Sidmouth Town Council defended after backlash from tax bill increase

There will be a five per cent rise on council tax.

There will be a five per cent rise on council tax. - Credit: Getty Images/iStockphoto

Civic leaders have defended raising their share of residents’ council tax bills by 9.2 per cent.

A disgruntled resident took to social media to slam Sidmouth Town Council (STC) for providing ‘pathetic’ floral displays, labelling the resort a ‘sorry little town’.

The authority will take 3p of every pound from residents’ overall council tax bills, with the rest of the money going to the police, fire service and district and county councils.

Posting on social networking site NextDoor, Sidmouth resident of 28 years, Nick Diprose, said he had watched the town ‘going steadily in a downhill direction’.

He added: “What exactly do we get for our huge council tax bill anyway? Roads and pavements swept, weeds cleared, potholes and broken street lights fixed, selfish and ignorantly parked vehicles removed, public conveniences properly repaired and cleaned?

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“I don’t think so, just pathetic floral displays to please the tourists, plus the occasional festive bauble or two. This sorry little town doesn’t need a one-tier council, let alone a two-tier one.”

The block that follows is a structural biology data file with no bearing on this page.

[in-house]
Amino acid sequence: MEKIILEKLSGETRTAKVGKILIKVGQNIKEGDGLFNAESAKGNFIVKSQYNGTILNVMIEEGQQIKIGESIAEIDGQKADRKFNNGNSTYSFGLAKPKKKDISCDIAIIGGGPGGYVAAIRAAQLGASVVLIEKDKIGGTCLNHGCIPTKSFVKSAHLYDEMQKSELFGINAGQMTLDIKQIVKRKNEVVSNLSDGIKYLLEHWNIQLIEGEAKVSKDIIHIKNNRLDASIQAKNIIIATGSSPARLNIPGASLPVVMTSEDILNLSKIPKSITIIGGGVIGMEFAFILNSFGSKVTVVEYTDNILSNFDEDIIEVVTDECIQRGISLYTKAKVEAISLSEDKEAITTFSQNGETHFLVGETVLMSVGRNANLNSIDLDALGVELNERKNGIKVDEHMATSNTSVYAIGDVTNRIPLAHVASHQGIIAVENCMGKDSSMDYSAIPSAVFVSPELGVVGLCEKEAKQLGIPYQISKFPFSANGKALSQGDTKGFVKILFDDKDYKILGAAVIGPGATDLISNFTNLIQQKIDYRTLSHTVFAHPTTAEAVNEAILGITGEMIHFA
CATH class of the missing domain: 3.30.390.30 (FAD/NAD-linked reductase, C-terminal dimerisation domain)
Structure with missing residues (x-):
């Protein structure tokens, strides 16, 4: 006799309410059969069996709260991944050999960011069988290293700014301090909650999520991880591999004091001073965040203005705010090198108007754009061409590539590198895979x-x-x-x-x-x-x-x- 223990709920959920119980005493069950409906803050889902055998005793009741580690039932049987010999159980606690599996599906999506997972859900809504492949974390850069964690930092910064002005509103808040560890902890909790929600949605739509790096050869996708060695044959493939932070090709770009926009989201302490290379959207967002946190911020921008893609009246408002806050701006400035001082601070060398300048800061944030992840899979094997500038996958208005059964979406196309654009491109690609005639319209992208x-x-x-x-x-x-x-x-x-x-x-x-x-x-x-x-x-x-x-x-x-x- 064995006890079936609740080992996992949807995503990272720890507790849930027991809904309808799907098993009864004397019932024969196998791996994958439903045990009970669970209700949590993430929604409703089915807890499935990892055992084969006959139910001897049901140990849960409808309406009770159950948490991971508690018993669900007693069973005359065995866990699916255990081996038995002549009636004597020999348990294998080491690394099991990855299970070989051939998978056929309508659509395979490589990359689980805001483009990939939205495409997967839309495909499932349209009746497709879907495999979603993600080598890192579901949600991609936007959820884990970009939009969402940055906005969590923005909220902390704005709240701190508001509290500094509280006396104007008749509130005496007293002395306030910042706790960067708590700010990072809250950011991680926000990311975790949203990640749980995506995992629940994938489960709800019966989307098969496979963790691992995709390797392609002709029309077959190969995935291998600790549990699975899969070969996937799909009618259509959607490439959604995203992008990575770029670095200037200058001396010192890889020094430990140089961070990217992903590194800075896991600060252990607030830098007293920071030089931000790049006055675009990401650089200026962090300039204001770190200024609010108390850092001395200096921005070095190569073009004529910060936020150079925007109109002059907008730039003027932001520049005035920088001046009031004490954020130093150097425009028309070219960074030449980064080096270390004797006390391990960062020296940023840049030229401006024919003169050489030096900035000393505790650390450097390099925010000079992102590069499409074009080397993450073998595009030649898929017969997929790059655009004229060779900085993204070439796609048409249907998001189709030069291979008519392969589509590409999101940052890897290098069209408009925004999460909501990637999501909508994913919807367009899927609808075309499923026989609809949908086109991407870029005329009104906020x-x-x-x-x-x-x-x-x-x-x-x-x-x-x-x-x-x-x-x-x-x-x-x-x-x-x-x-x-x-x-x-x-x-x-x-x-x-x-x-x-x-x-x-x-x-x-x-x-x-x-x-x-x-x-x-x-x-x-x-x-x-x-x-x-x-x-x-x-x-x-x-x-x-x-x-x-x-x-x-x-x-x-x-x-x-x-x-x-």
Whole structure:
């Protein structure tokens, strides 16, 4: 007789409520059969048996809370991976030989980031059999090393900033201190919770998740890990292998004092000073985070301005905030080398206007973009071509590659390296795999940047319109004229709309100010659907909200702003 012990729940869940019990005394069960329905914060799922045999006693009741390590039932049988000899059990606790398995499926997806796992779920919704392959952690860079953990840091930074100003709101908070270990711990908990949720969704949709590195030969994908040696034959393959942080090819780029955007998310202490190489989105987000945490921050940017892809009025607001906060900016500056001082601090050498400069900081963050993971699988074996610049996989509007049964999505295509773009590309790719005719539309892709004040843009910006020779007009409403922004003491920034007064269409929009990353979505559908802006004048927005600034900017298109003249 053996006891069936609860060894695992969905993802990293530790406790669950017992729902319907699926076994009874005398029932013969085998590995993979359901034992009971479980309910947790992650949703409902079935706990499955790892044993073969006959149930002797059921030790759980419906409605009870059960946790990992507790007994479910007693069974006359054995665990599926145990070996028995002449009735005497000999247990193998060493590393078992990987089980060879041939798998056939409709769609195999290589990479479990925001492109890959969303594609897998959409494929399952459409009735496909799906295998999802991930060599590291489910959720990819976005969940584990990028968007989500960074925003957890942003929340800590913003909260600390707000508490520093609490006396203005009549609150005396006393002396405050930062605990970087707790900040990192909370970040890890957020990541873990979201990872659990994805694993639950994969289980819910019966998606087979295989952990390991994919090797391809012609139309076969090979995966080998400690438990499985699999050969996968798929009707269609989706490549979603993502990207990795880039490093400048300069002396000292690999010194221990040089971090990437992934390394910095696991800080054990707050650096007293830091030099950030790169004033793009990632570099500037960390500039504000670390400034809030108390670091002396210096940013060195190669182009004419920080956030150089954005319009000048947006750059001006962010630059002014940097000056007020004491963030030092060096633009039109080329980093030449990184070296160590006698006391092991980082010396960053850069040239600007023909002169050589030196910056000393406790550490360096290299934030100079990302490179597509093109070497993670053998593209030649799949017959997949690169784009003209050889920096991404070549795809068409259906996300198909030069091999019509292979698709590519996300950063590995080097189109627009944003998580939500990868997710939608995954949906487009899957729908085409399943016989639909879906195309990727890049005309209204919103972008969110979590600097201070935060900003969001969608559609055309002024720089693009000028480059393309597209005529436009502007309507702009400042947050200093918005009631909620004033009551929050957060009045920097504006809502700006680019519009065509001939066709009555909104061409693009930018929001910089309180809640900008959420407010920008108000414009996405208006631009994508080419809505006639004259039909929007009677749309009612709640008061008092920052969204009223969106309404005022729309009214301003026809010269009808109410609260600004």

Other residents also asked for clarification on exactly what the rise was for.

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STC said the 9.2 per cent rise in its precept was due to a squeeze on upper-level councils and it taking on some of the services the other authorities formerly carried out.

Councillor Jeff Turner said members chose to increase their budget in a number of areas. This included £5,000 for Sidmouth Information Centre, £20,000 for the Manstone Recreation Ground and play area, £8,000 for grass cutting, £20,000 for the Port Royal regeneration, with other cash spent on Christmas lights.

Cllr Ian Barlow said the council also helped fund the Red Arrows, the Admiral Nurse, FolkWeek, the skate park, the golf and football clubs, sports areas the Hopper Bus, some public toilets and the Neighbourhood Plan.

He added: “If you don’t like the way it’s run, join the council – all you have to do is stand at election time and win.

“If you truly think this is a ‘sorry little town’ then move to another one and think yourself lucky you live in a country where democracy allows you to do so.”

Annually, the average household pays £1,100 to Devon County Council, £75 to adult social care, £70 to the fire service, £165 to the police, £120 to EDDC and £70 to STC.

Visit to see a breakdown of its precept.

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